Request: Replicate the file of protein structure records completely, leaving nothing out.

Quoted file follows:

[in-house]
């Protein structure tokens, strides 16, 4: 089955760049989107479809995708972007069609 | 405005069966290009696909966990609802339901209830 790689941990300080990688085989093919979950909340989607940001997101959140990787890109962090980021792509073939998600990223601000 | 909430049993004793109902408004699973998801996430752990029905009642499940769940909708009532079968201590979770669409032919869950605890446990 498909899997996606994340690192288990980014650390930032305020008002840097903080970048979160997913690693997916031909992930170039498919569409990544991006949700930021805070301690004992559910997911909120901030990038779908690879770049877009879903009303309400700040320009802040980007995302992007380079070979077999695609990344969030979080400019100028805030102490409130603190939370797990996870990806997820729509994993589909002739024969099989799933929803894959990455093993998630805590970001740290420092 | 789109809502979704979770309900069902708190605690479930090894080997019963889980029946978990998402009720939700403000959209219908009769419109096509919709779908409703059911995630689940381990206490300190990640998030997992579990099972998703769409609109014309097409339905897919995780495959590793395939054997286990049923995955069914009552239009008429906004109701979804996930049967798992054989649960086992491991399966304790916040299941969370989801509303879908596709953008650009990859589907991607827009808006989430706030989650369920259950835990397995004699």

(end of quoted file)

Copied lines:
[in-house]
């Protein structure tokens, strides 16, 4: 089955760049989107479809995708972007069609 | 405005069966290009696909966990609802339901209830 790689941990300080990688085989093919979950909340989607940001997101959140990787890109962090980021792509073939998600990223601000 | 909430049993004793109902408004699973998801996430752990029905009642499940769940909708009532079968201590979770669409032919869950605890446990 498909899997996606994340690192288990980014650390930032305020008002840097903080970048979160997913690693997916031909992930170039498919569409990544991006949700930021805070301690004992559910997911909120901030990038779908690879770049877009879903009303309400700040320009802040980007995302992007380079070979077999695609990344969030979080400019100028805030102490409130603190939370797990996870990806997820729509994993589909002739024969099989799933929803894959990455093993998630805590970001740290420092 | 789109809502979704979770309900069902708190605690479930090894080997019963889980029946978990998402009720939700403000959209219908009769419109096509919709779908409703059911995630689940381990206490300190990640998030997992579990099972998703769409609109014309097409339905897919995780495959590793395939054997286990049923995955069914009552239009008429906004109701979804996930049967798992054989649960086992491991399966304790916040299941969370989801509303879908596709953008650009990859589907991607827009808006989430706030989650369920259950835990397995004699």